By this time, he says, he joined Century 21 My Real Estate in Downey owned by broker/owner Randy and Patty Martin. He found he could do a little selling and he actually enjoyed helping people buy and sell homes and investment property. When he got promoted to sales manager where he supervised about 50 full-time real estate sales agents and helped them establish individual goals and monitoring results, as well as listed and sold single-family and multi-family homes in Downey and surrounding areas, etc., there was no turning back.
In 1994, Steve bought the company. He was to occupy the company’s old offices on Florence Ave. for the next 19 years until he moved to his new digs across the street. He maintains a staff complement of some 107 agents, 12 staff, 2 escrow officers, and 2 loan representatives. The number will vary from time to time, of course. In his experience, agents come and go: the grittiest and best producing agents stay on. His firm conducts continuous training all year round. He says out of, say, 30 who take the basic test, only a handful pass. Out of this handful, a small percentage are able to get their license. Out of this remainder, a still smaller, minuscule number stay the course. The ones who survive the process may in the end turn out not to possess the needed fortitude and persistence. It’s a tough process, he says, thus the training never stops: real estate classes are held year round.
The key is efficient and consistent production, and he emphasizes competence, professionalism, integrity, ideal ethical standards and, above all, the desire, nay the passion, to help people. There’s no ifs and buts about this, he says. If somebody is not up to snuff, out he/she goes. It’s a tough career, he says, but then again, it’s a highly rewarding one.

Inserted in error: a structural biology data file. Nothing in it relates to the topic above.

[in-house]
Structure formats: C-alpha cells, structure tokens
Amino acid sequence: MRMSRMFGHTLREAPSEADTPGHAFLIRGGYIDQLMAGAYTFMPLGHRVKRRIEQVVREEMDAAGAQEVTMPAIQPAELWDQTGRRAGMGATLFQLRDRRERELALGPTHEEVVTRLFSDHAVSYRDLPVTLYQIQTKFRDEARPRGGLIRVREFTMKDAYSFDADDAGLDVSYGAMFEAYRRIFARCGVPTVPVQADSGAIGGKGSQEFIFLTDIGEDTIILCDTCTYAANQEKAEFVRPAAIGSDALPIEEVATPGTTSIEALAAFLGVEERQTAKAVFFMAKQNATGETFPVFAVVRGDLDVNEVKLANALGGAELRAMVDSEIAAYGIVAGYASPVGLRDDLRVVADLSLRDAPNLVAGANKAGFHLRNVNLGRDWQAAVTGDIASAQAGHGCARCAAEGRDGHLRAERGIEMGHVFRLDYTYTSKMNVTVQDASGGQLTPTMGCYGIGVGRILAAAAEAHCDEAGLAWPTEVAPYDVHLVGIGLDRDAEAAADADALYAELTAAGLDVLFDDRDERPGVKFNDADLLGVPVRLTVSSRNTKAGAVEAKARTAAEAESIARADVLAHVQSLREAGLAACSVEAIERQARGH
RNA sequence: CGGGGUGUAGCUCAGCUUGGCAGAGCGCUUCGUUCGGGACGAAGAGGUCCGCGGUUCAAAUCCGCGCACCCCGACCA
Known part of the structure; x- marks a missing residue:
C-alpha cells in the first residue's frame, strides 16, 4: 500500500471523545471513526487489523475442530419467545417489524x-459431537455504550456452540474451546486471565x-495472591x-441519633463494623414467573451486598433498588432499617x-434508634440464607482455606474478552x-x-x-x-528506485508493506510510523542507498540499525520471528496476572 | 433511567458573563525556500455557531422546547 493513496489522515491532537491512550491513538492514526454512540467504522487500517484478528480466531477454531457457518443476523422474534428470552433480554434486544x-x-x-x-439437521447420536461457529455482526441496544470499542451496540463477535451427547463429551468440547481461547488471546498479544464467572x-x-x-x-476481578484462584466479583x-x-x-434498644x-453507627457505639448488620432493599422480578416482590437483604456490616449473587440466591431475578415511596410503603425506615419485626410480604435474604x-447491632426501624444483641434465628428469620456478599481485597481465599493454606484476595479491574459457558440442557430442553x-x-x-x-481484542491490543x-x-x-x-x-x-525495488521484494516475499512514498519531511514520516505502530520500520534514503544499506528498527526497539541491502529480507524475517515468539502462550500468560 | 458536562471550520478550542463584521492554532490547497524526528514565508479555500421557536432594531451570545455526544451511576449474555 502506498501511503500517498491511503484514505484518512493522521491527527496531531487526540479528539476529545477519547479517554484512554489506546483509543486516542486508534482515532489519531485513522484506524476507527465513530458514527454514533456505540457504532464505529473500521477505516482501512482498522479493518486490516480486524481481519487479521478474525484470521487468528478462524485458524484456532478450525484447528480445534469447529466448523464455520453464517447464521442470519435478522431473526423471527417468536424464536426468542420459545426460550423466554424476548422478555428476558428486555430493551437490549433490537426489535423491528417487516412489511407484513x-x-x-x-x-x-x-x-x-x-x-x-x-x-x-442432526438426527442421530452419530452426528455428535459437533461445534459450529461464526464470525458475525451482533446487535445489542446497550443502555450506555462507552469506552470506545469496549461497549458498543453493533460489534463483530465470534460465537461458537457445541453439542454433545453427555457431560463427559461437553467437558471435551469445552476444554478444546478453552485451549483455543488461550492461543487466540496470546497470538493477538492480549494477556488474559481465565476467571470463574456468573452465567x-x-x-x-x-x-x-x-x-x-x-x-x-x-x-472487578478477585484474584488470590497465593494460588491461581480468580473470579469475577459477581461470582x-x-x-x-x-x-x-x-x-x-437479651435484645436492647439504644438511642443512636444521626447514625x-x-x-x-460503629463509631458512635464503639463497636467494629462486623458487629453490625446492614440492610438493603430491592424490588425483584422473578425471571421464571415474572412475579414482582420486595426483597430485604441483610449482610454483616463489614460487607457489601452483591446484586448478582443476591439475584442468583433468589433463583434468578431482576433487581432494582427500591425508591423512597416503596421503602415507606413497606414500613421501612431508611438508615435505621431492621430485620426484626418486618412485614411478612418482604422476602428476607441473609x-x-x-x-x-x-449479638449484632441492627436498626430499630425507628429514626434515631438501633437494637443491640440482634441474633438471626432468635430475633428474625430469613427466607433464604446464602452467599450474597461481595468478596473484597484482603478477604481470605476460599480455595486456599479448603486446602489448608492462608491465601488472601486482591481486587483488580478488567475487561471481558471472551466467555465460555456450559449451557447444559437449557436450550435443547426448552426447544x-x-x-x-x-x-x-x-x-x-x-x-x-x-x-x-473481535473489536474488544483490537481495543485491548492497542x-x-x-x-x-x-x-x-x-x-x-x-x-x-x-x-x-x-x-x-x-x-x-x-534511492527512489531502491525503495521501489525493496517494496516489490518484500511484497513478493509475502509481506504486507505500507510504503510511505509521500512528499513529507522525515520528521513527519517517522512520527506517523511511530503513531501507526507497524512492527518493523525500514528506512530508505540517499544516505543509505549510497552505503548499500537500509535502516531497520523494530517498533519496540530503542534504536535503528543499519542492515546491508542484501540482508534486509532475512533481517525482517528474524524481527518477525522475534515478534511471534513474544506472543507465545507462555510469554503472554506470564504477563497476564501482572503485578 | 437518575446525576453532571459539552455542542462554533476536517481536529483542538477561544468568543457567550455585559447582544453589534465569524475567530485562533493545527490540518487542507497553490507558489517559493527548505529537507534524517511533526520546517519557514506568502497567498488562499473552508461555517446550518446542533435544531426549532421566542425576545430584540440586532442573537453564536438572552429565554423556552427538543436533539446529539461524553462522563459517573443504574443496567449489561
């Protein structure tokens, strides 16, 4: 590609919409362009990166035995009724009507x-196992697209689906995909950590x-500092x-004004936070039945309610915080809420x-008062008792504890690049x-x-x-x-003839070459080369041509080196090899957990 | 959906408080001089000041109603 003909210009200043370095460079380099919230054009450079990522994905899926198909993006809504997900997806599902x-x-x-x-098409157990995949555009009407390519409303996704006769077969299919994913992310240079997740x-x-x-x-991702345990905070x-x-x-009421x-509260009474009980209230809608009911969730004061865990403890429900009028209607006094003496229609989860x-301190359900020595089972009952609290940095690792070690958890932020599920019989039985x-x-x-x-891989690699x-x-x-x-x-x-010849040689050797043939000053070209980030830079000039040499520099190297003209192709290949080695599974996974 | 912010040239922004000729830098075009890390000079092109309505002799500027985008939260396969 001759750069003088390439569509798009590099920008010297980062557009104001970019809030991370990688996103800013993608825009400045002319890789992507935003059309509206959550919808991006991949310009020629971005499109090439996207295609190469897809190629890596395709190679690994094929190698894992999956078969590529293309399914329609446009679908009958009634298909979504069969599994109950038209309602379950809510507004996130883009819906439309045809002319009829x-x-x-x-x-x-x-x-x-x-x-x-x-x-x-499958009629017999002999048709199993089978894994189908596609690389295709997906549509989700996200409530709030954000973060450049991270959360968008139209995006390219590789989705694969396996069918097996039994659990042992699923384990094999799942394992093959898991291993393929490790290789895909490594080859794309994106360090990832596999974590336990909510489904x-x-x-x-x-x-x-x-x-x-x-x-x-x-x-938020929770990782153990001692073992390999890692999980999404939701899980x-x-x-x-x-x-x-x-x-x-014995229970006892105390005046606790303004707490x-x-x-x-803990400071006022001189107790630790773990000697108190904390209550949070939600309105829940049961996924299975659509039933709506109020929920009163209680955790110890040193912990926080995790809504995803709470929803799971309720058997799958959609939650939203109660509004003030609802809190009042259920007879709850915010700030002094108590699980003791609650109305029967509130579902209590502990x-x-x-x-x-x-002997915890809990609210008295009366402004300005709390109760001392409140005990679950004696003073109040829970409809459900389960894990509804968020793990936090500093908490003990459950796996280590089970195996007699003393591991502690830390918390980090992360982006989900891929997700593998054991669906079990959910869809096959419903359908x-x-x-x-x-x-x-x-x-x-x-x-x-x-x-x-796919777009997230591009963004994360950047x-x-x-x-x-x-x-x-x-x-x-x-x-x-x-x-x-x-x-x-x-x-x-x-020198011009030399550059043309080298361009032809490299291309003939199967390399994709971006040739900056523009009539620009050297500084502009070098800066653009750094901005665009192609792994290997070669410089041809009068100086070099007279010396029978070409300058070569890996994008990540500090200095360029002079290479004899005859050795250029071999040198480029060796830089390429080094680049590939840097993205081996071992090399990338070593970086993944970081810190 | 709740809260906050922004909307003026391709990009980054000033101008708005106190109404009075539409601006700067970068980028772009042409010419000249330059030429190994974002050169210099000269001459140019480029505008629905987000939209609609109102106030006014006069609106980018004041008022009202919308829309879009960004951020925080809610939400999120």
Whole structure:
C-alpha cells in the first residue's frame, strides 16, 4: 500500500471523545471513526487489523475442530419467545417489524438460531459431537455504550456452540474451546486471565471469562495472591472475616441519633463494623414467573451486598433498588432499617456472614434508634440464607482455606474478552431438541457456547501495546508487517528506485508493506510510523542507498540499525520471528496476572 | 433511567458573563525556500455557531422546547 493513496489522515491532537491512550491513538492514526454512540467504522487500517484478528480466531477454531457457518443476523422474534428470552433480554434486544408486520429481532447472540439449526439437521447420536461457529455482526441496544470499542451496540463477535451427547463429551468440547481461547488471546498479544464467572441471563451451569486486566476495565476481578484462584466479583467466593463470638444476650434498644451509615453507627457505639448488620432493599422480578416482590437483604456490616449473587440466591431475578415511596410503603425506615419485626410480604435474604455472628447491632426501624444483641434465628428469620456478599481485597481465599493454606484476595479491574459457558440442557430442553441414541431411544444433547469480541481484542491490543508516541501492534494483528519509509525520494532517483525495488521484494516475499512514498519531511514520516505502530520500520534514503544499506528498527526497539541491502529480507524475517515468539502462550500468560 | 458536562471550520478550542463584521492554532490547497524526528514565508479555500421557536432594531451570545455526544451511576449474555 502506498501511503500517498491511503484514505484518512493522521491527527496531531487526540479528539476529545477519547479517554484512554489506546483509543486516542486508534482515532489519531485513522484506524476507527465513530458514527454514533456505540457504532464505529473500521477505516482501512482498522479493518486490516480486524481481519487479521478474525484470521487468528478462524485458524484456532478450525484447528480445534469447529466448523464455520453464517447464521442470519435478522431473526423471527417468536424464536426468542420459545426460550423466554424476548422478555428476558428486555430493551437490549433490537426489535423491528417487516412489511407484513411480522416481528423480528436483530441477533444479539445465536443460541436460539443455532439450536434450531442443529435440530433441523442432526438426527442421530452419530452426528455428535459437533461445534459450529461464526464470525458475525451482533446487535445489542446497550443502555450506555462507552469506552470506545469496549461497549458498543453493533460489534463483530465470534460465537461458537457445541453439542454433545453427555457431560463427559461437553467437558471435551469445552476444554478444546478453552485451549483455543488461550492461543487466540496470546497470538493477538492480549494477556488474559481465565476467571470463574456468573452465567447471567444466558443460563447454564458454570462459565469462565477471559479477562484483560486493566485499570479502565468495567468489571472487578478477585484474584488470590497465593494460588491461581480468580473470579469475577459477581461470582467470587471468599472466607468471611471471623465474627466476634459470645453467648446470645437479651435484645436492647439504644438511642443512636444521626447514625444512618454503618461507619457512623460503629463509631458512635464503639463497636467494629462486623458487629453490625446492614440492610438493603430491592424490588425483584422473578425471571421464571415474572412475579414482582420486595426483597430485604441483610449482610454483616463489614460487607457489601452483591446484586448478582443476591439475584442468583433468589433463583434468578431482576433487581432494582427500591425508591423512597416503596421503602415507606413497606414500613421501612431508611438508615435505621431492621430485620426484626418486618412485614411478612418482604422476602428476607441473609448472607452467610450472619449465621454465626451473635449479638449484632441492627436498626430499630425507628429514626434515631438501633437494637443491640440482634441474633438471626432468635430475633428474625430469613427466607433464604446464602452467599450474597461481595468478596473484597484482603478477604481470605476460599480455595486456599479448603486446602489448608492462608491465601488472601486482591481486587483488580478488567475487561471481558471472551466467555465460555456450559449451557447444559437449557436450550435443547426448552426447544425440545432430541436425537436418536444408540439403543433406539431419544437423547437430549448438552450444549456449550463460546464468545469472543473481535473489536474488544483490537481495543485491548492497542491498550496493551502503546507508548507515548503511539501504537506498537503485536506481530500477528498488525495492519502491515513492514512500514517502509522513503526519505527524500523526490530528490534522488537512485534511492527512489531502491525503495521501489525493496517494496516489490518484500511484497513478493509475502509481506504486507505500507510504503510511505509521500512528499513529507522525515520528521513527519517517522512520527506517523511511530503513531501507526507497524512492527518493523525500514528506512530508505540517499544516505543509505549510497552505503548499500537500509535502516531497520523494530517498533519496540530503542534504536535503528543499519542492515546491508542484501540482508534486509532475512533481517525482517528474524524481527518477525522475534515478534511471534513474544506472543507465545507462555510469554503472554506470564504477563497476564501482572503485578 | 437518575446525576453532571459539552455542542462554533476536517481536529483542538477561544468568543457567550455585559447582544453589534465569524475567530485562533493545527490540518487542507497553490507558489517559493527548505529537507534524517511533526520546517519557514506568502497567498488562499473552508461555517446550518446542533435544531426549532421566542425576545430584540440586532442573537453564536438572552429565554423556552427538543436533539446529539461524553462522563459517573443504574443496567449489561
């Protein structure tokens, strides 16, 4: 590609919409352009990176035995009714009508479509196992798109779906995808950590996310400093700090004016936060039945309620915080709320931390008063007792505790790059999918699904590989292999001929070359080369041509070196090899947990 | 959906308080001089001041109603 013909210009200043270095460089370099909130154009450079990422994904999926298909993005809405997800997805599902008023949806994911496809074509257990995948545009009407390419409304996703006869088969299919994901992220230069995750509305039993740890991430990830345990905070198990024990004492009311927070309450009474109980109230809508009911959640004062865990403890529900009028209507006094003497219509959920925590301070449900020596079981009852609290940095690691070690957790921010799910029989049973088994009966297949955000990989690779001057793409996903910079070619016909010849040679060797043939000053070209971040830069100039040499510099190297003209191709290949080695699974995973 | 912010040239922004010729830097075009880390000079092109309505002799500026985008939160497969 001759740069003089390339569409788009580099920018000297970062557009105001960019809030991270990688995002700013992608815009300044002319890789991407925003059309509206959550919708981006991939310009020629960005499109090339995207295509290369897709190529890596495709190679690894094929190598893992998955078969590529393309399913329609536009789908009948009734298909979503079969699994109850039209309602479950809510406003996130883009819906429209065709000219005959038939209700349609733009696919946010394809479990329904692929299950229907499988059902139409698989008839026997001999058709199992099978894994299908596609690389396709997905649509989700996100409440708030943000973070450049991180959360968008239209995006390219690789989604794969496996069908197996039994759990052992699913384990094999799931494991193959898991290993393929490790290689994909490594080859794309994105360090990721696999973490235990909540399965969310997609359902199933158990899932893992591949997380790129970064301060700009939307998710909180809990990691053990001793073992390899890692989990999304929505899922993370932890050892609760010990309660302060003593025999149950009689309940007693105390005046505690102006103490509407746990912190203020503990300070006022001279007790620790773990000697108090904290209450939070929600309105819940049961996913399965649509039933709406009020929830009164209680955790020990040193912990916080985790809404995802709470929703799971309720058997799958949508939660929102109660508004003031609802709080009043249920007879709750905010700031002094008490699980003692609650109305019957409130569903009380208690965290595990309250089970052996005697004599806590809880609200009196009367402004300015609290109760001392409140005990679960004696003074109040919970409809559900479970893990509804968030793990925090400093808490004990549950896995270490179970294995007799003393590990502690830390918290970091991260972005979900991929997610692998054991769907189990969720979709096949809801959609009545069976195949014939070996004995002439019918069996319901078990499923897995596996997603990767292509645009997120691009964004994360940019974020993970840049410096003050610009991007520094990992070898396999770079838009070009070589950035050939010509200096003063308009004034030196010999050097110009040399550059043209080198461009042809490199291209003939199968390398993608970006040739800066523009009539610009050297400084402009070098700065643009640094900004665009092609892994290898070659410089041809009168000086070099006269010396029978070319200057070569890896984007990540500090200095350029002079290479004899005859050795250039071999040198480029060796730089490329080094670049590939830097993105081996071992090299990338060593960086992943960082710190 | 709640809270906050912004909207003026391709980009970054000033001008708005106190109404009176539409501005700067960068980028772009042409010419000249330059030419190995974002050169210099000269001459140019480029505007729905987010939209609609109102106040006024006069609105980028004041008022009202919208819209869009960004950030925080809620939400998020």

Steve apparently is one who’s made of really sterner stuff. His time spent in active volunteerism with Arc, the Chamber, YMCA, and the Kiwanis Club would not be possible, he says, were it not for the luxury of time allowed him by his effort (and success) in meeting both financial and professional real estate standards.
It is the reason why he was able, in 2006, to buy his 150-acre ranch in Wellington, Texas, which is a favorite destination about five times a year. The ranch has 20 cows, a bull, and a couple of horses. His two six-year-old grandkids, Jake (offspring, together with 3-year-old Abbie, of son Josh) and Mattie (offspring, along with a 2-1/2 year-old sibling of his other son Pat) share his love of horses, so they go with him.
Actually, he says, visiting the ranch is not the real reason why they go but rather to visit his 82-year-old mom (his dad passed away only last November). At any rate, he says none of these extra activities would be possible were it not for his thriving real estate operation he runs with wife Darlene, who handles the administrative stuff.
“We both work hard. Darlene works longer hours than I. We don’t take a lot of vacations,” Steve adds.
Downey residents for 25 years, the family moved to Fullerton in 1997.
Finding that they really enjoyed the process of producing their first CD (writing/contributing to the writing, structuring the whole thing, etc.), the 3-member core group of collaborators, including Steve, have indicated that they may produce another one in the near future.
Steve Roberson’s CD, “What Used to Be,” is available online at cdbaby.com or by calling (562) 927-2626

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Published: February 21, 2013 – Volume 11 – Issue 45